In spite of the happiness and mirth being spread around by your Entertainers, there will still be a few unhappy campers who will overturn your trash bins, karate chop your benches, and swing on your lamp posts.  These souls must be put in check lest they ruin the park experience for everyone and sink your park rating.  This is where your Security Guards come in.  At $45 per month, they are one of the more expensive employees.  All they do is patrol.  Their work is what I call "prevention by presence."  In other words, the would be "destructor", has a change of heart (and intent) just because of a visible Security Guard.  To be sure, there are many ways to reduce the number of Security Guards you employ.  Hiring more Handymen to maintain the park at a higher level of cleanliness will improve both the park rating and the happiness level of many of your guests.  Thus reducing unhappiness and therefore vandalism.  Add lots more scenery (which also cuts down on the amount of grass mowing the Handymen will have to do).  The guests will respond with thoughts like, "The scenery here is wonderful," and be all the happier about it.

Finally, don't make them walk too far for anything.  Have plenty of bathrooms, benches, food and drink stalls available along your pathways.  Using these techniques skillfully, I've been able to run workbench size parks with only three Security Guards in key locations.  It is always prudent to identify a trouble spot and assign the Security Guard to cover that area specifically.  In other words "zone him up."  They are just not as effective when roaming freely around the entire park.  If your entire park is being vandalized to the point where you need as many Security Guards as Handymen, then something is terribly wrong, and you need to give serious consideration to redesigning and reconstructing your park, one section at a time until you see a significant improvement in the guests' behavior.  At that time you can feel free to rehabilitate the entire park to the specifications of the section where you succeeded in reducing the devastation.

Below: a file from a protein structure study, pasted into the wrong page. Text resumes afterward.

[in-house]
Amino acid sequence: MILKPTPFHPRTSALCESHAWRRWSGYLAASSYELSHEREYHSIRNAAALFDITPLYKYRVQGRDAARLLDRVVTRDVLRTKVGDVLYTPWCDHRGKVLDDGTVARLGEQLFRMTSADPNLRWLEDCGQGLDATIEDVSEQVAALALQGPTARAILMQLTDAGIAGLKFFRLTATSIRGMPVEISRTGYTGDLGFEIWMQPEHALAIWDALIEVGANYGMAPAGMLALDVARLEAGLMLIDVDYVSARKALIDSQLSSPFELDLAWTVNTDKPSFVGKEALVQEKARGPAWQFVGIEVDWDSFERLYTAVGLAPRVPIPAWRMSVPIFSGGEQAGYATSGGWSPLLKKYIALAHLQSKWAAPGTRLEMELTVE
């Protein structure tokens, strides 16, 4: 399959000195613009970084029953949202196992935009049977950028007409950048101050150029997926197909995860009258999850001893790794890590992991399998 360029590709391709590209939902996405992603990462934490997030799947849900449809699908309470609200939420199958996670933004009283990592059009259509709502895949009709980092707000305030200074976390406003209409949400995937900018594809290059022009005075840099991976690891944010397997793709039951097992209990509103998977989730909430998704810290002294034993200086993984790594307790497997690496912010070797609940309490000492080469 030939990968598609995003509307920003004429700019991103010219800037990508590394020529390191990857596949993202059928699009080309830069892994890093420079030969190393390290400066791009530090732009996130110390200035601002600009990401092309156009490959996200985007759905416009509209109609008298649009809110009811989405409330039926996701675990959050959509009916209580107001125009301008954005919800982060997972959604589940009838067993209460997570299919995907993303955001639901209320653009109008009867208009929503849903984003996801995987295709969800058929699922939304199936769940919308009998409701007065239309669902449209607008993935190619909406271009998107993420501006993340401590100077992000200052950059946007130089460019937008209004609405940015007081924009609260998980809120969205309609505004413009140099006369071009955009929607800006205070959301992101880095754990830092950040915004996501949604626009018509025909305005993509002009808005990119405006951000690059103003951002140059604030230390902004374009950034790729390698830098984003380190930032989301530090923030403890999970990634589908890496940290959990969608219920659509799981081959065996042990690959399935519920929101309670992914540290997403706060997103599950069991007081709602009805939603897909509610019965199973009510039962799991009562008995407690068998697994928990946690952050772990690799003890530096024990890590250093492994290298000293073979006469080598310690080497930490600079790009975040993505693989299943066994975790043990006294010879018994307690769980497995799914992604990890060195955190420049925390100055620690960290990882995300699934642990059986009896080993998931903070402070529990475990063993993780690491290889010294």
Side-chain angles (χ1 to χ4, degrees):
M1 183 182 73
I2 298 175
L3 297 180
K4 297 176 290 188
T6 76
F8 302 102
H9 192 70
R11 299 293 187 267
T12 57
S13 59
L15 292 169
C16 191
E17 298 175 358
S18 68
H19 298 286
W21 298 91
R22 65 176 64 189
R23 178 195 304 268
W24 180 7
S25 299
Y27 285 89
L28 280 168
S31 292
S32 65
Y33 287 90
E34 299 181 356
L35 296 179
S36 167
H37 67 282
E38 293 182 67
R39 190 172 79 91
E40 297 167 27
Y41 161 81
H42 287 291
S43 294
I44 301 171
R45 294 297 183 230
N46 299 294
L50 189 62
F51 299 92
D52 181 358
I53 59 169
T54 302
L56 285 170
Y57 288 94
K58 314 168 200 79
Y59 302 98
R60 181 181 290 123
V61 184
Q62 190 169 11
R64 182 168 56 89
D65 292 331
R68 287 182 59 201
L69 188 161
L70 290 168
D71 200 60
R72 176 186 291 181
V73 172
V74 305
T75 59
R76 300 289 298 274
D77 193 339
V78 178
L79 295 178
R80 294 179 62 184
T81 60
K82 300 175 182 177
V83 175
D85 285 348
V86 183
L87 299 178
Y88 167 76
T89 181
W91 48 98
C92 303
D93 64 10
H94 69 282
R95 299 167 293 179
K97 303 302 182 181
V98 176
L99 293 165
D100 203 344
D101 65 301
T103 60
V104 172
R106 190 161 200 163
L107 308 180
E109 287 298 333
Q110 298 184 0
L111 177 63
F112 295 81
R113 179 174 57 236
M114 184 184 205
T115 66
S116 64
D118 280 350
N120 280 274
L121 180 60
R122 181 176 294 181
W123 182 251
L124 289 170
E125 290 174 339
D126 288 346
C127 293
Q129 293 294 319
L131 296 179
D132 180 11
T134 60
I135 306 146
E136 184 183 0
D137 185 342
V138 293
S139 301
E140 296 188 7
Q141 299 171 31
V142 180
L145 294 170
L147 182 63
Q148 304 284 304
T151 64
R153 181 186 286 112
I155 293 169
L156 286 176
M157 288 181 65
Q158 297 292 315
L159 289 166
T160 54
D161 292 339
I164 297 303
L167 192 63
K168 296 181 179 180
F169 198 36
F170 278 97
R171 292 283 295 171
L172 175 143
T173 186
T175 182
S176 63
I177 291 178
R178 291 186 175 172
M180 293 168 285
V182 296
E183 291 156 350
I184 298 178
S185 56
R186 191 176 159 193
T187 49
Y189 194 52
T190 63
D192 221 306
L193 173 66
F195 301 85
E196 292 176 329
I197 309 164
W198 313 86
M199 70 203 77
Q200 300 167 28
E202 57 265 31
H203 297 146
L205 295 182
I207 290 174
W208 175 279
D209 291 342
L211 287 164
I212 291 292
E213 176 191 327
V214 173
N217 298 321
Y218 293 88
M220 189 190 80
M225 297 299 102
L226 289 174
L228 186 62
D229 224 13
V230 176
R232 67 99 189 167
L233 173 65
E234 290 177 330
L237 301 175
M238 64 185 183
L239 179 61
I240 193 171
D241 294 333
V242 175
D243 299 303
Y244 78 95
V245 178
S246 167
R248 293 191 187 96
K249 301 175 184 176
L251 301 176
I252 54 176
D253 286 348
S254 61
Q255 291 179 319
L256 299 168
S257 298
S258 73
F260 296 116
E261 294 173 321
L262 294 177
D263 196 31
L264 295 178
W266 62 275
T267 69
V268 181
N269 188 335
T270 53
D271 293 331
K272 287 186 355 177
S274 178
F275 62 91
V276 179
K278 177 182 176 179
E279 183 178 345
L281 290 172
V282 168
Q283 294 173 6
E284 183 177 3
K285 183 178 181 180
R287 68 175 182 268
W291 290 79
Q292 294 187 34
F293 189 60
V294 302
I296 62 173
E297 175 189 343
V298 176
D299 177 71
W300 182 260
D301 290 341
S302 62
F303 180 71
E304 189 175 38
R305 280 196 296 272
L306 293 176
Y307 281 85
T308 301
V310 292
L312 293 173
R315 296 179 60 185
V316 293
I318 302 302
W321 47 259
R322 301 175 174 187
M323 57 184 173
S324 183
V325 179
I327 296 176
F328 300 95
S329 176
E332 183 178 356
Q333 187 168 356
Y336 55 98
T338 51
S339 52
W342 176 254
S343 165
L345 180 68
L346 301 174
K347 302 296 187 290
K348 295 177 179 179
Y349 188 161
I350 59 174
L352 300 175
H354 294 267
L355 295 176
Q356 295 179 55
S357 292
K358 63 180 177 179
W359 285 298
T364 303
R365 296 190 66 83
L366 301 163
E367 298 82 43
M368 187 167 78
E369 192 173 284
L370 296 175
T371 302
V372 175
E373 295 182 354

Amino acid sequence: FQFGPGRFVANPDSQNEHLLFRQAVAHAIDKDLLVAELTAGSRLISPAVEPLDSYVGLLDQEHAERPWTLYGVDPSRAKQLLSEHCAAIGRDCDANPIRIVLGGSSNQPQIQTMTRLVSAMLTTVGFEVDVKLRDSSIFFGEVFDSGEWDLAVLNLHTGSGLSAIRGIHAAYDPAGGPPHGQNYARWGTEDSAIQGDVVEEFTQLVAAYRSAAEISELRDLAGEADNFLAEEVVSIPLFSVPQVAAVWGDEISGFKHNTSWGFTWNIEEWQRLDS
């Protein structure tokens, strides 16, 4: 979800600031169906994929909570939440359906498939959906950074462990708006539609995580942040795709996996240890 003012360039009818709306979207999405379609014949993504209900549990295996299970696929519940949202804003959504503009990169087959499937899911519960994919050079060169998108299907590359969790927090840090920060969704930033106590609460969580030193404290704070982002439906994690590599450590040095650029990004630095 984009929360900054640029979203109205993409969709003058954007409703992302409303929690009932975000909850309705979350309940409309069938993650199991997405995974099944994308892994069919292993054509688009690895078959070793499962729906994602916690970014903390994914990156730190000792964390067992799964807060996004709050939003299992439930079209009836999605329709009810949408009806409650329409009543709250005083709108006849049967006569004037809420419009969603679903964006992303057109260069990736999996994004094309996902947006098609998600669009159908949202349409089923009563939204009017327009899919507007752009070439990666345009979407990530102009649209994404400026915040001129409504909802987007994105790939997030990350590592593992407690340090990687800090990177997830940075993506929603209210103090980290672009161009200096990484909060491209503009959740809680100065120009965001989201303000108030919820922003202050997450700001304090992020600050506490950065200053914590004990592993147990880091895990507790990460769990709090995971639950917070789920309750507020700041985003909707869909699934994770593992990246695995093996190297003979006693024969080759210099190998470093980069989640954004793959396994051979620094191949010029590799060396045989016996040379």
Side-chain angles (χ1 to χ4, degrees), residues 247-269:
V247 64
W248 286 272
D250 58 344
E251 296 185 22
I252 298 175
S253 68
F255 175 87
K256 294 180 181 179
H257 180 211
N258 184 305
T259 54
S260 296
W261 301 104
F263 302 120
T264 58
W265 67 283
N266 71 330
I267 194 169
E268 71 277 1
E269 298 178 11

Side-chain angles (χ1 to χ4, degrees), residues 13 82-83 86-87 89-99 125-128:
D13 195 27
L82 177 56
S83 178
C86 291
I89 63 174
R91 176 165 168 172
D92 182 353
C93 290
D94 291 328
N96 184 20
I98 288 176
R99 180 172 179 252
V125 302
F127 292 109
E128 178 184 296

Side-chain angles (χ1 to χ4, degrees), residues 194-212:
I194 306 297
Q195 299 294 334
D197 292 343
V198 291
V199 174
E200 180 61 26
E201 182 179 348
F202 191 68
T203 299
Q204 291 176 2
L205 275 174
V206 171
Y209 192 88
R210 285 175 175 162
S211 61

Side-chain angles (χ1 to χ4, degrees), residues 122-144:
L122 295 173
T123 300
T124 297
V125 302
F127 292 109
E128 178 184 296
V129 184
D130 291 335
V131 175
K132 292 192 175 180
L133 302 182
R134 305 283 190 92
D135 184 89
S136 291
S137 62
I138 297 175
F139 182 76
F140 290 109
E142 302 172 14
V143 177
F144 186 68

These employees will cost you all of $55 per month.  They are not in the same "public relations" category as the previous three.  Their function is to inspect and fix the rides in the park.  By now most of us are aware of the disasters awaiting those who try to skimp in this area.  The Mechanic is the one who saves the day when your most celebrated coaster has a station brakes failure with one train parked in the station and the next one racing on to it's demise.  He must be able to enter the station platform and affect repairs to the brakes before that second train arrives.  One way to do this is to dedicate a mechanic to each coaster, giving him one work zone which encloses the ride exit.  His assignment should be to inspect the ride every ten minutes and fix it when it breaks.  Even with this, I saw a station brake failure occur while the mechanic was just finishing his inspection.  By the time he exited the ride and waited to receive the call again, the crash had already killed both the coaster's passengers and its reputation.  So I tried the following, which so far has worked very well:

Hire a dedicated mechanic for the coaster.  Confine him to one work zone enclosing the ride exit.  Have him do only repairs.  If you have another four or five flat rides nearby, have the mechanic who inspects and fixes them to also cover the coaster.  The dedicated mechanic will get all the breakdown calls, since he will always be closer than the other one.  And, most importantly, he will get the call and respond immediately, should the breakdown occur while the other mechanic is inspecting the coaster.